International Lonely Guy
About this book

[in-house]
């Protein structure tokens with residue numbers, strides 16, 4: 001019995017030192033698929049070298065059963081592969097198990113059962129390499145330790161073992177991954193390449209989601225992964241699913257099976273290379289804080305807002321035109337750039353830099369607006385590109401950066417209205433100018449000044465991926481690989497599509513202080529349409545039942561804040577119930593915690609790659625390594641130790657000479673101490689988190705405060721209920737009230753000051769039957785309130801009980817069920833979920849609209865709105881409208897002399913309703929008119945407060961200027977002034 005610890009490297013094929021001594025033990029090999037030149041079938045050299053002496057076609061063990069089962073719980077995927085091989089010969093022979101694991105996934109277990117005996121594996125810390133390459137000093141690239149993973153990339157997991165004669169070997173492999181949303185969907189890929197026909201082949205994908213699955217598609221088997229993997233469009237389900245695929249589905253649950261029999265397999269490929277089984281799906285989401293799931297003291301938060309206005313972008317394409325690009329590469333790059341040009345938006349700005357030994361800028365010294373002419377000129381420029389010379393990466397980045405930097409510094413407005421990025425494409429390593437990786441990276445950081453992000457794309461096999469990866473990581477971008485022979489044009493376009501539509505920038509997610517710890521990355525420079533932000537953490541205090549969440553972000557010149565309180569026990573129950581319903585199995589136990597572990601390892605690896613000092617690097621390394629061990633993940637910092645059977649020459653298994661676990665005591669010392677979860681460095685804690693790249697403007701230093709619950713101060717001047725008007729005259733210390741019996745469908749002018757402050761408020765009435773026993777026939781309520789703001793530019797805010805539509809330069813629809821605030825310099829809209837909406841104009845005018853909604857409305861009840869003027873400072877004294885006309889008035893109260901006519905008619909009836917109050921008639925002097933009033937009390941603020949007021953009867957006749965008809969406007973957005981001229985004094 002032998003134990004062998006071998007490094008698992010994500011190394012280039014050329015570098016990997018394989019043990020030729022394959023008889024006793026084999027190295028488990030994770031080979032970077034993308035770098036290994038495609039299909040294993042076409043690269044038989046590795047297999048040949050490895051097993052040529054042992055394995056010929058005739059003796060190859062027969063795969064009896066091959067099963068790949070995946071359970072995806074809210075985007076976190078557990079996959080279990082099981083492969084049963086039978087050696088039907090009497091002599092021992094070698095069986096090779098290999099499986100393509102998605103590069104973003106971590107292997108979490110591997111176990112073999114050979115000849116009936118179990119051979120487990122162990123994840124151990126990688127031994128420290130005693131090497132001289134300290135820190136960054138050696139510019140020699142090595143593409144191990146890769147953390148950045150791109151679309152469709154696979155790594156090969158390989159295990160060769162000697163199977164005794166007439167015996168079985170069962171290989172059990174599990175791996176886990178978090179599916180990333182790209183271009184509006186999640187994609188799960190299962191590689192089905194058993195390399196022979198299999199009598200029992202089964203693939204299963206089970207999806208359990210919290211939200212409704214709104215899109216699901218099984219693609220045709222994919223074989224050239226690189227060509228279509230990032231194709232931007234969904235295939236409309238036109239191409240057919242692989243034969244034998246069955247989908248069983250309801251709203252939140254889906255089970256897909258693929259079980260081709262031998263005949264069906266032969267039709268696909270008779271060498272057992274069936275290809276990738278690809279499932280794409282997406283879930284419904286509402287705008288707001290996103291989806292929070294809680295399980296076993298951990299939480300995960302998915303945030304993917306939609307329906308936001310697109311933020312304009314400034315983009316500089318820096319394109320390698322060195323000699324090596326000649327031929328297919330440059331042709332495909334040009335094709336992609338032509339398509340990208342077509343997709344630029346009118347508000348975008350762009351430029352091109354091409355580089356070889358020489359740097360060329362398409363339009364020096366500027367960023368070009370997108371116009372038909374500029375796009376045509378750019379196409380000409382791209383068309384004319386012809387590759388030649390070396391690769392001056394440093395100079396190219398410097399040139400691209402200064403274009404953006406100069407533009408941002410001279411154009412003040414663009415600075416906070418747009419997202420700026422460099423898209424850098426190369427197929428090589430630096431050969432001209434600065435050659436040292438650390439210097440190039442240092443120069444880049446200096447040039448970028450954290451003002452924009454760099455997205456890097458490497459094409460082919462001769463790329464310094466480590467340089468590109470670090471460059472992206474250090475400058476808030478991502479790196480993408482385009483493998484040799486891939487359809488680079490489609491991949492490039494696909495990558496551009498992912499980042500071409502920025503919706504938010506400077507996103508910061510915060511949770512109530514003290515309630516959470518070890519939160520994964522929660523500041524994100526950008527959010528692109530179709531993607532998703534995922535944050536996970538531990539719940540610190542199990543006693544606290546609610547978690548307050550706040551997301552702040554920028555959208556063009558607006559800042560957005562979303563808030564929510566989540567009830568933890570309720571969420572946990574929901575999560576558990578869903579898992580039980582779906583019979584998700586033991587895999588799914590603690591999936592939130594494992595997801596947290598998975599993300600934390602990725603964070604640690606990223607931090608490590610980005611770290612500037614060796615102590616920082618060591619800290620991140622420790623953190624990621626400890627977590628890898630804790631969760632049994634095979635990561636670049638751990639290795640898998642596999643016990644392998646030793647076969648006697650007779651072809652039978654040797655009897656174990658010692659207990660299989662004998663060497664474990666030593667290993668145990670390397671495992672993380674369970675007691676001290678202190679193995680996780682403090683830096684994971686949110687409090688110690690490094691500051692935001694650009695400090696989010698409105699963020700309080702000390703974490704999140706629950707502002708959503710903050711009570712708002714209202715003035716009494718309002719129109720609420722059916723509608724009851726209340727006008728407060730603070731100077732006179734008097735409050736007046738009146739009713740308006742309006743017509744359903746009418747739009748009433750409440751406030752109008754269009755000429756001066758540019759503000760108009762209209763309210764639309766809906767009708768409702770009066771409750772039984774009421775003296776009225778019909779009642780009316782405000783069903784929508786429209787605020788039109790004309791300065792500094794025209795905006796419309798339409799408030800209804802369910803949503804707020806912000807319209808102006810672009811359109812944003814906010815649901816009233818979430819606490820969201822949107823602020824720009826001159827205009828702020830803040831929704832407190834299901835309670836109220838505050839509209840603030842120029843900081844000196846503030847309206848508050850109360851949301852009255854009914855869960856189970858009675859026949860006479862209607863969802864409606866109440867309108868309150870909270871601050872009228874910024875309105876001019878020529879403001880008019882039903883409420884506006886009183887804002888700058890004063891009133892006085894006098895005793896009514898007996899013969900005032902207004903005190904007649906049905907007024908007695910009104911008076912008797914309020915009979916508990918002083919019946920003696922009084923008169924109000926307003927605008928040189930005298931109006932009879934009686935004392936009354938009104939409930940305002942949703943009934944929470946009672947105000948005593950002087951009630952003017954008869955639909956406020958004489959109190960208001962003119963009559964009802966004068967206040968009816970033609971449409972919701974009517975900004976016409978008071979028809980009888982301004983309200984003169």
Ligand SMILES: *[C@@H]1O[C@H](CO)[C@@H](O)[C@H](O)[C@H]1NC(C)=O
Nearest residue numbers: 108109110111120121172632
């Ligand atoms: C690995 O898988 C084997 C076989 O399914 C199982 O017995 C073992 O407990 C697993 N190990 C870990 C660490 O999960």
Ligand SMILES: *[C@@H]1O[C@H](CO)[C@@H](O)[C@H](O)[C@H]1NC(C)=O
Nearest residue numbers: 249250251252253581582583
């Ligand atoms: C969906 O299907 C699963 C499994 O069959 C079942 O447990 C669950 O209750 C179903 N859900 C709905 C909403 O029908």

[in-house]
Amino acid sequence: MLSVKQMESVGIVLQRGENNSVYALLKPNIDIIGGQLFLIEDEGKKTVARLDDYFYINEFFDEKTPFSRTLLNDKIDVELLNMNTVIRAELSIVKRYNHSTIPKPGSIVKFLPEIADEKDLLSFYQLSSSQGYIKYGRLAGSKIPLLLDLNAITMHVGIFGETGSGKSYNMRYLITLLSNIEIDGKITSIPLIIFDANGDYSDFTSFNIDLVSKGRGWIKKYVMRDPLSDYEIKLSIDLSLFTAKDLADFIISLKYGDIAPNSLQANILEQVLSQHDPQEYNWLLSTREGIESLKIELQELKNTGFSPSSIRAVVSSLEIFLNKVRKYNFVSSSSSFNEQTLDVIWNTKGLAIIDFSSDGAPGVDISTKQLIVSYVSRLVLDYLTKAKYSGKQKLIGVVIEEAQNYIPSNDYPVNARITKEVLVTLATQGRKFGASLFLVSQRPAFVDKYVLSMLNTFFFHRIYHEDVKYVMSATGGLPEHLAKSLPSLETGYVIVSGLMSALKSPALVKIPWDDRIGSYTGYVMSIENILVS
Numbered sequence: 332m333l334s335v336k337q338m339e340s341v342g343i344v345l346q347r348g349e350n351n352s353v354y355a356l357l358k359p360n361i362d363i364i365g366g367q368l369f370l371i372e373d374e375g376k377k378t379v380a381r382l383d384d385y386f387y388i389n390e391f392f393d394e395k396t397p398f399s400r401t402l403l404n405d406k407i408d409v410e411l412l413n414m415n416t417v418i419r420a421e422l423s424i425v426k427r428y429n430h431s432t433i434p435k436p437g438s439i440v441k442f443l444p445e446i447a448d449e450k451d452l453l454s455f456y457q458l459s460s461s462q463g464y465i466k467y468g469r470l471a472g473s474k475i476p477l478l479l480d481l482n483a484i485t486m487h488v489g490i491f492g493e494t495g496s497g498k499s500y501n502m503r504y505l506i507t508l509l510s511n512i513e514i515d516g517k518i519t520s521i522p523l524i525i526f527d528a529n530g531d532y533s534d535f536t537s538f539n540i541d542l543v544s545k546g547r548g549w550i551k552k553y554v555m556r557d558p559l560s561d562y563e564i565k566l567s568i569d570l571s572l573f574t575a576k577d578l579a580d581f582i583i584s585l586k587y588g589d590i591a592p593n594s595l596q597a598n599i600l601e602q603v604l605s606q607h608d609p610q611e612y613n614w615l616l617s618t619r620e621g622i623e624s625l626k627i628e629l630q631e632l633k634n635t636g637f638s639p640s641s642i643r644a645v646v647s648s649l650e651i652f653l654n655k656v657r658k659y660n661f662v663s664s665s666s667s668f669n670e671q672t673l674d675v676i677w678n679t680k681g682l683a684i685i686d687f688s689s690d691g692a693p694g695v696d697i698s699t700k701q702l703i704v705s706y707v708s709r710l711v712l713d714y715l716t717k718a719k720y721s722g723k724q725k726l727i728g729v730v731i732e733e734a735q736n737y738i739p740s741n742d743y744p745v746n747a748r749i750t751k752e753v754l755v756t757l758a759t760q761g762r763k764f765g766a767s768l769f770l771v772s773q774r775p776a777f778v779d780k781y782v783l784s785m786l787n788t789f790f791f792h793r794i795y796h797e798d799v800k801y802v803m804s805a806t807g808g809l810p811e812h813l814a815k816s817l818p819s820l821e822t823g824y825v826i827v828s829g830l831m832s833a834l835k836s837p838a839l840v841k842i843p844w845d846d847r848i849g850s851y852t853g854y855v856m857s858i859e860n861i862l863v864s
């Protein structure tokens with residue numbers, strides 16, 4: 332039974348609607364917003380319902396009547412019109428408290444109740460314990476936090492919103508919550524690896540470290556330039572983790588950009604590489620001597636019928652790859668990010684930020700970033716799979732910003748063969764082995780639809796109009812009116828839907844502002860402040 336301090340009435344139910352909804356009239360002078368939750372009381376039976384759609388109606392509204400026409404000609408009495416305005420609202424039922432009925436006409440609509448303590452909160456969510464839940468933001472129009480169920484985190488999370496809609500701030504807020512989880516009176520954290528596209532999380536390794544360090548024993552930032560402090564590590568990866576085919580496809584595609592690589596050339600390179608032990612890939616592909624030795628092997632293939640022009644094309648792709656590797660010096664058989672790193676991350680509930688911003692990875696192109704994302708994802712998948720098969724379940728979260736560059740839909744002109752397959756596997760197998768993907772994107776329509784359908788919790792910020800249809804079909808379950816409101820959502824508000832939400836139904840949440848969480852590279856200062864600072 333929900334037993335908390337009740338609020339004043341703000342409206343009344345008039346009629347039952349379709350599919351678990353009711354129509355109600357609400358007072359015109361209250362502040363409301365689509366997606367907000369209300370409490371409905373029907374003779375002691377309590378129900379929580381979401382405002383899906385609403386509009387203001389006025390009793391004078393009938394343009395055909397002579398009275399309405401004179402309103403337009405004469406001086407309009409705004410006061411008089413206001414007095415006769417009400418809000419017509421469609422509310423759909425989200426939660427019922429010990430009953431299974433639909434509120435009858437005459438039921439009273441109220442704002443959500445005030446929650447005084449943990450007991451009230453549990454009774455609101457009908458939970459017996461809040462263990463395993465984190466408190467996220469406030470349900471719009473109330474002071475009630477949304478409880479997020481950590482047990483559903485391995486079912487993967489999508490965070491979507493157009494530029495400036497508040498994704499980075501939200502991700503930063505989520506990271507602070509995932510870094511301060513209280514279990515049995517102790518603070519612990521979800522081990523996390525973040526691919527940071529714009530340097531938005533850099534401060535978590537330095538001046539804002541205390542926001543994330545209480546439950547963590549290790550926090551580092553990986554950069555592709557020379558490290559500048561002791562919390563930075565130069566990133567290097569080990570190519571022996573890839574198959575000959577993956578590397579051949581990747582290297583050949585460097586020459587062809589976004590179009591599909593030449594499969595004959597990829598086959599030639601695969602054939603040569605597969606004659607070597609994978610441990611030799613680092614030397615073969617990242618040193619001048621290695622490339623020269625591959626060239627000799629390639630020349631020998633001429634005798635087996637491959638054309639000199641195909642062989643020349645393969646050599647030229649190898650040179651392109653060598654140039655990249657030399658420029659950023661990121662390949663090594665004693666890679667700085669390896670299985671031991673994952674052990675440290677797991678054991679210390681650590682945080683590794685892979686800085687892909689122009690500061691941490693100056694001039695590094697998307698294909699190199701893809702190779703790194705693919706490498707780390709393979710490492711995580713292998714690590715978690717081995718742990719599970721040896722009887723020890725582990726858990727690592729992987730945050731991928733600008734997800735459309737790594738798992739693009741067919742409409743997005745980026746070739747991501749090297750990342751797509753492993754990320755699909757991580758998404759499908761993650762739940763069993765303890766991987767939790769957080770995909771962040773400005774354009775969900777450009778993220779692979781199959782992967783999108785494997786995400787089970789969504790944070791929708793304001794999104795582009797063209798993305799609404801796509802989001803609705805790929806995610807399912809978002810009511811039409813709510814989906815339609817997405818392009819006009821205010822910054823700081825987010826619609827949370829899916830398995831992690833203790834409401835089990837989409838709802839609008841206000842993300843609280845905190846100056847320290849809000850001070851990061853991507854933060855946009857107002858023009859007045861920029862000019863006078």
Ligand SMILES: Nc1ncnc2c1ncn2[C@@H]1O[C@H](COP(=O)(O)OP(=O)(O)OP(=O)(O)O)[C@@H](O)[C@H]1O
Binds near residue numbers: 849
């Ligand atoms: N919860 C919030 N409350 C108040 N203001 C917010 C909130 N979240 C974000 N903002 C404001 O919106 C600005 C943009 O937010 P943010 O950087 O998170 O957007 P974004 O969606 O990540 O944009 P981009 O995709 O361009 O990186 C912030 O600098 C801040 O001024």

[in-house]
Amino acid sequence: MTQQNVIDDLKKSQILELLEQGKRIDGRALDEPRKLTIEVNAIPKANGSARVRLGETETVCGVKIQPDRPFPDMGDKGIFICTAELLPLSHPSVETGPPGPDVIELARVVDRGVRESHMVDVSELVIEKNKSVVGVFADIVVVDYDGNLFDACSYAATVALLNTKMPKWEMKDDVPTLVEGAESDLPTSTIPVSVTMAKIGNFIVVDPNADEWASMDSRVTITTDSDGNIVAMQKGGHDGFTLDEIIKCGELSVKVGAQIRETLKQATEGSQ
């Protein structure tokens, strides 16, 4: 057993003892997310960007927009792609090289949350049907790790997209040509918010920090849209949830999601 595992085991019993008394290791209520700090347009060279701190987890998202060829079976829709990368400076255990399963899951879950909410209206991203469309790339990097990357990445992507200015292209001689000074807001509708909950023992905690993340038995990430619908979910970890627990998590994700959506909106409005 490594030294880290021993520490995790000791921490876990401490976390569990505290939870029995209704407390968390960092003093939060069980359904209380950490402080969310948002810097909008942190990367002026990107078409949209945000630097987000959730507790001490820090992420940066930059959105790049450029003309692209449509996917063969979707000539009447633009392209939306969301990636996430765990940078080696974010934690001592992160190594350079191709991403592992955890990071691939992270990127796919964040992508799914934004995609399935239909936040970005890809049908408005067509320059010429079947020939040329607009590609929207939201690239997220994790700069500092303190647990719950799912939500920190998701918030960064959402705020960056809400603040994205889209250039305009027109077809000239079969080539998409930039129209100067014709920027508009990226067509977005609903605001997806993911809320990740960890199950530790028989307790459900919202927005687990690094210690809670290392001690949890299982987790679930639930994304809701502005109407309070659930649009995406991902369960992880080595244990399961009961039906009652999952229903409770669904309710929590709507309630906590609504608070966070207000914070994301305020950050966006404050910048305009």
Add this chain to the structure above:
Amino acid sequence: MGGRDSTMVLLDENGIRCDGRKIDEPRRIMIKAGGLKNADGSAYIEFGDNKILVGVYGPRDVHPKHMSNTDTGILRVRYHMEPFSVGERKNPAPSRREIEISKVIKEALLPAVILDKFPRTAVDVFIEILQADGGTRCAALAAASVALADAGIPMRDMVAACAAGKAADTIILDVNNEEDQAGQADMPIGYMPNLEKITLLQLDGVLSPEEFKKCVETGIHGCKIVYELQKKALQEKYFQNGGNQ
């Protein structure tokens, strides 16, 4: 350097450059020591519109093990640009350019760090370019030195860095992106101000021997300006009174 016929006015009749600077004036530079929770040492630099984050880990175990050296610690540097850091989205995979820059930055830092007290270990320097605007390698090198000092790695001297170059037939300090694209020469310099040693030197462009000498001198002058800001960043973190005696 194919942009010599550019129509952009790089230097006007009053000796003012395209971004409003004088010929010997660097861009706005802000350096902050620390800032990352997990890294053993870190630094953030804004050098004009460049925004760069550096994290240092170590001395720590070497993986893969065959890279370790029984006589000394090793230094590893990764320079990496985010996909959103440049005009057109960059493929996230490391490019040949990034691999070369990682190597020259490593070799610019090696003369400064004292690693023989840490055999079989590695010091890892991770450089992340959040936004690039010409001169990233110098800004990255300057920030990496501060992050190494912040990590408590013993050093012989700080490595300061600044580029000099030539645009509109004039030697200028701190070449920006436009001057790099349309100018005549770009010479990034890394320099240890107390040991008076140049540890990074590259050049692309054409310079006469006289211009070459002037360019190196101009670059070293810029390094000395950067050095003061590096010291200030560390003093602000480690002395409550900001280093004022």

Harland Miller combines a painterly aesthetic with a literary mind and a uniquely gritty, north-of-England sense of humor. His bold, colorful, and tactile paintings reflect an original perspective on a rich heritage of pop art and literature: there is D. H. Lawrence's Dirty Northern Bastard; Ernest Hemingway's 12 Rounds With God; and Miller's own guide to the glorious English coast, Bridlington: Ninety-Three Million Miles From the Sun. His paintings are at once impressive, funny, and touching, conveying a pervasive sense of nostalgia while playing with the ironies of rhetoric and reputation. Miller has been a celebrated part of the London art scene since the 1990s, alongside such artists as Damien Hirst, Tracey Emin, Sarah Morris, and others. In essays and interviews with Jarvis Cocker and Gordon Burn, Miller identifies the influences of such figures as Ed Ruscha, Mark Rothko, Anselm Kiefer, and Robert Rauschenberg, all of whose work can be seen to have left a mark on Miller's textured and iconoclastic style.